Fans of six Serie A clubs have been banned from travelling to their respective away games on November 24-25 in the wake of Sunday's football-related violence.
The independent body that monitors Italian football hooliganism, L'Osservatorio nazionale sulle manifestazione sportive, has made the decision against supporters of Atalanta, Catania, AC Milan, Roma, Sampdoria and Torino.
L'Osservatorio was formed following the death of a police officer during riots outside Catania's top-flight game with rivals Palermo in February, and further measures are now being taken after last weekend.
The shooting death of a Lazio fan by a policeman sparked the latest wave of unrest at clubs, with hundreds of fans protesting at the Italian Olympic Committee (CONI) headquarters in Rome and doing damage to the building.
The independent body has also banned Bari and Cesena fans from travelling to their team's next away Serie B games while five Serie C clubs and two Serie D clubs will face the same restrictions.
"It's difficult to comment on the decision taken by the L'Osservatorio, but we must accept it," AC Milan vice-president Adriano Galliani said.
Torino President Urbano Cairo believes his team's fans, however, are being treated unfairly. "I am stunned," he said. "The Toro supporters have had an exemplary behaviour."
Inter President Massimo Moratti backed the moves. "Banning fans from away games seems at this time a necessary measure to avoid further incidents," Moratti said on the club's website.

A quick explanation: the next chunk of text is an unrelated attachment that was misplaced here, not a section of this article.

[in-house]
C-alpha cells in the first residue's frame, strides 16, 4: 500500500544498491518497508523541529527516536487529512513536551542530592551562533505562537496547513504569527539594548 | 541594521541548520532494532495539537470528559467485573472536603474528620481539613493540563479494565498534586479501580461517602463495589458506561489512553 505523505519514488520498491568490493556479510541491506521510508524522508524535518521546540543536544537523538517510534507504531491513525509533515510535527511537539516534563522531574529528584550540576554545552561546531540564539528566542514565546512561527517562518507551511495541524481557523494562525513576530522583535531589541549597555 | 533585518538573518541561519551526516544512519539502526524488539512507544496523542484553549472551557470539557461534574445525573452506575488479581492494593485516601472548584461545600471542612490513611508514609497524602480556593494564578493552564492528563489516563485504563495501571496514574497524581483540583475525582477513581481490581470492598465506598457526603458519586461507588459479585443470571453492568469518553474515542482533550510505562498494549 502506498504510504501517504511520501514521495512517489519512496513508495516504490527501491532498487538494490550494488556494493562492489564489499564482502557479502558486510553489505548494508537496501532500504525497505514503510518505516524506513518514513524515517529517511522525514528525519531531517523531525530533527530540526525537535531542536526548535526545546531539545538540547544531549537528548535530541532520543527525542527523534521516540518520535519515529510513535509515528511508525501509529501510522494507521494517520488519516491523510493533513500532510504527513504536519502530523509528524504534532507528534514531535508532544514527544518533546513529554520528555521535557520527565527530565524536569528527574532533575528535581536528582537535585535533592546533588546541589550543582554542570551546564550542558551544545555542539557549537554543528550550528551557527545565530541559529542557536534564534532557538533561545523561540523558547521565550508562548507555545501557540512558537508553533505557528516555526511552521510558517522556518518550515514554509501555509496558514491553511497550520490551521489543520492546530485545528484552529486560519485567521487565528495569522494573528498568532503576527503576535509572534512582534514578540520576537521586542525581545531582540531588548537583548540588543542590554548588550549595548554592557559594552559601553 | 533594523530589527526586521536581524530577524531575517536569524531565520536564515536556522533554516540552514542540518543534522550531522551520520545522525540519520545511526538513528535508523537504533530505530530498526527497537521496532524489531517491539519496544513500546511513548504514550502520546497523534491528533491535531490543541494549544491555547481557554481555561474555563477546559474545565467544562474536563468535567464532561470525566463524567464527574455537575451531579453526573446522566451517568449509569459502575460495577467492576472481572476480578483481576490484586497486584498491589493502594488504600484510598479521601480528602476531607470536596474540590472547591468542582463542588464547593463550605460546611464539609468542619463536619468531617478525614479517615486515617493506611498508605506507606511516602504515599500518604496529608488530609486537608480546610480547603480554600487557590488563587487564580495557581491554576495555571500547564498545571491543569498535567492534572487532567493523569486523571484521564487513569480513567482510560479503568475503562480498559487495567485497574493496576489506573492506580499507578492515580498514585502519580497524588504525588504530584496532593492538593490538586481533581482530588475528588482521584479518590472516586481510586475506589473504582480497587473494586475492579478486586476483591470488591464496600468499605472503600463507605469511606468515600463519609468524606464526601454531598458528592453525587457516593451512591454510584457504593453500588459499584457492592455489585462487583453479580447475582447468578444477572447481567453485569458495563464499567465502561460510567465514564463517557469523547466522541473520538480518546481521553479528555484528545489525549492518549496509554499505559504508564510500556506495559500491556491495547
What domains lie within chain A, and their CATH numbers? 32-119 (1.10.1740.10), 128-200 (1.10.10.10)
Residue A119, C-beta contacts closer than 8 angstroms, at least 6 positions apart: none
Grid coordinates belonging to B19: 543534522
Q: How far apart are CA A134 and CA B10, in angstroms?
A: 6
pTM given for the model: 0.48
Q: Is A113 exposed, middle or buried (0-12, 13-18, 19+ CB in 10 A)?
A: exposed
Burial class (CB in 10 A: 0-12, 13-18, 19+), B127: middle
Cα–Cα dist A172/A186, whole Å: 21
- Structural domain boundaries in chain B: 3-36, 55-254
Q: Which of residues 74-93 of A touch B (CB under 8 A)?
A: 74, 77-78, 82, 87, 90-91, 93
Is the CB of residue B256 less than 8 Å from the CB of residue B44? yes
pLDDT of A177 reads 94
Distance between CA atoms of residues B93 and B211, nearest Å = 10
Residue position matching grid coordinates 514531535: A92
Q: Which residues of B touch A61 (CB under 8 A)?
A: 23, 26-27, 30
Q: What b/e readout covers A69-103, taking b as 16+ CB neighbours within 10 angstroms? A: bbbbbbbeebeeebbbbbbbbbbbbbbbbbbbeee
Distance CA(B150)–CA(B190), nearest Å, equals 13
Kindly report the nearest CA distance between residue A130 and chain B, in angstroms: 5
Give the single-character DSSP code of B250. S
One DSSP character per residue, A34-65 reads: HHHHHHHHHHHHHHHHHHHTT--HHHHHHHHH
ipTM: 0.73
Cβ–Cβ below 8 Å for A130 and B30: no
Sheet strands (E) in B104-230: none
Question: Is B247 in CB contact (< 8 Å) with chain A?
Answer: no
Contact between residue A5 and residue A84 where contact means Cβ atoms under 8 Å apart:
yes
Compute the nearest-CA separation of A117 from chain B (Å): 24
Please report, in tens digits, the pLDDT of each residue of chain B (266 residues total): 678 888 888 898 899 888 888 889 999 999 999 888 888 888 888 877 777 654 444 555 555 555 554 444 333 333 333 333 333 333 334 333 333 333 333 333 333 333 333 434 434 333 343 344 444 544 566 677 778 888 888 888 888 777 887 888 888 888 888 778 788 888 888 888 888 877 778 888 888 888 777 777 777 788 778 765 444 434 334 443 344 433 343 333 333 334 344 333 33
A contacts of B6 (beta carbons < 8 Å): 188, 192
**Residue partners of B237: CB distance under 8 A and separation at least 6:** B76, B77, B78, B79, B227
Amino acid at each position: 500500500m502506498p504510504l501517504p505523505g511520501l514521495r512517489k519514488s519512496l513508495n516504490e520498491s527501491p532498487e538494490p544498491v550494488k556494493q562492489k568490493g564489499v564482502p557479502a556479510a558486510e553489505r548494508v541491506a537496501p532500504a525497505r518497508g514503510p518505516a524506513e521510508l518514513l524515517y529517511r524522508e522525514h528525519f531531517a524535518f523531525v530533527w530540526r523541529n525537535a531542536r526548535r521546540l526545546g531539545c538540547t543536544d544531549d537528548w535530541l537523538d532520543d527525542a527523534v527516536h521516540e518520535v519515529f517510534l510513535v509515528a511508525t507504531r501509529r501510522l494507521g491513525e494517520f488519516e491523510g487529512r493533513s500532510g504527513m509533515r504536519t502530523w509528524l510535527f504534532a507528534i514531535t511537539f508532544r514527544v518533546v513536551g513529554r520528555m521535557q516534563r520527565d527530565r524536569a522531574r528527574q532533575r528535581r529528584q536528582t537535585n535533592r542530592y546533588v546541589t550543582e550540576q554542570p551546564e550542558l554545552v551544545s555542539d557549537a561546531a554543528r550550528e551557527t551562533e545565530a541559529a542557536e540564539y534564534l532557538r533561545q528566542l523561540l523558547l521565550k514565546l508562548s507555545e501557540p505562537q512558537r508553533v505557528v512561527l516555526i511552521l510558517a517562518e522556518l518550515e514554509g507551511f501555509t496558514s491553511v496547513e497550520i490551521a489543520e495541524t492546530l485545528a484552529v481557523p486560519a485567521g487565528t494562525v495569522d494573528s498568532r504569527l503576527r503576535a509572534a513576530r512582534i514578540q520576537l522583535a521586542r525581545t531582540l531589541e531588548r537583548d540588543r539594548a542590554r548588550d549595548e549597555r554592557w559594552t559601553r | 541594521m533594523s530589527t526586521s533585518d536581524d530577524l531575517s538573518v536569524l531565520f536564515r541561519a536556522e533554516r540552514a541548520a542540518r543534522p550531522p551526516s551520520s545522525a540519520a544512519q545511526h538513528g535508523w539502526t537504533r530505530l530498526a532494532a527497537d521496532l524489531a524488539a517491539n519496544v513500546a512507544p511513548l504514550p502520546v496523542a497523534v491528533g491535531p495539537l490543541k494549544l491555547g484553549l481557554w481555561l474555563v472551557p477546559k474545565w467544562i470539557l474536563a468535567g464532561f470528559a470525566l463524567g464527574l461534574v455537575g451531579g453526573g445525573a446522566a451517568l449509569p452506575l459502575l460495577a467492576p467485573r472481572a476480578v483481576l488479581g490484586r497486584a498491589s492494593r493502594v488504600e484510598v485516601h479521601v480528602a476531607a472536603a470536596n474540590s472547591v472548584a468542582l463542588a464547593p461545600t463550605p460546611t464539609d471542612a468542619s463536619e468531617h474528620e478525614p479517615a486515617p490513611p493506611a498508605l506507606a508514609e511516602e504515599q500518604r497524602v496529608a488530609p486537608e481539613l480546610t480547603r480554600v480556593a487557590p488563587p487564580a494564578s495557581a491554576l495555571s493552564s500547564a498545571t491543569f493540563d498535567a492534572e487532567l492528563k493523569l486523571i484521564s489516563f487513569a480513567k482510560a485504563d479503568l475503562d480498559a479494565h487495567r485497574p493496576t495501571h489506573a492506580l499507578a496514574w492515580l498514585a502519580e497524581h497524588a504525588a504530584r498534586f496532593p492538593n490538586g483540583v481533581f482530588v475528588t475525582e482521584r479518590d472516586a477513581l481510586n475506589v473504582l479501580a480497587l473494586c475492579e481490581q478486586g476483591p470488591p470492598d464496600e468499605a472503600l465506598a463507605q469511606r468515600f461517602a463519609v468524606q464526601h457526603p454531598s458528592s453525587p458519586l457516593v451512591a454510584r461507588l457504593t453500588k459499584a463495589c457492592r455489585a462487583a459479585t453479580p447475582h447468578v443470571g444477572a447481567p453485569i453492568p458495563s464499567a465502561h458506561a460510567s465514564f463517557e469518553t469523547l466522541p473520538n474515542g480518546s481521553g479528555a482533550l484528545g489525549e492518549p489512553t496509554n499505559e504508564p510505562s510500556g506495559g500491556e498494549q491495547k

He then added: "The true problem in Italy remains the stadia, that are not suitable and secure."
The body will make sure their ruling is effective by closing down the visitors' section of the respective stadiums on game day, while tickets for the games will only be sold in the province where the game is to be played.
L'Osservatorio also said that should fans wish to buy a ticket on the internet, they will have to provide a document to prove they are residents in the province."
Italian Football Federation President (FIGC) Giancarlo Abete met on Thursday with Serie A and B club executives to discuss further action to be taken to isolate the violent individuals from stadiums.
"I am very satisfied with the meeting with club presidents," he said. "Sunday's tragedy underlines the responsibility for the football world to isolate the violent individuals and to recover the rules of respect and of civil co-existence.
"I am happy with the support given by many to Atalanta President Ivan Ruggeri's initiative. This can only make me optimistic and confident for the future of football."
Ruggeri decided earlier this week to close the section of their stadium where "ultra" supporters watch games and hand the tickets to young children instead.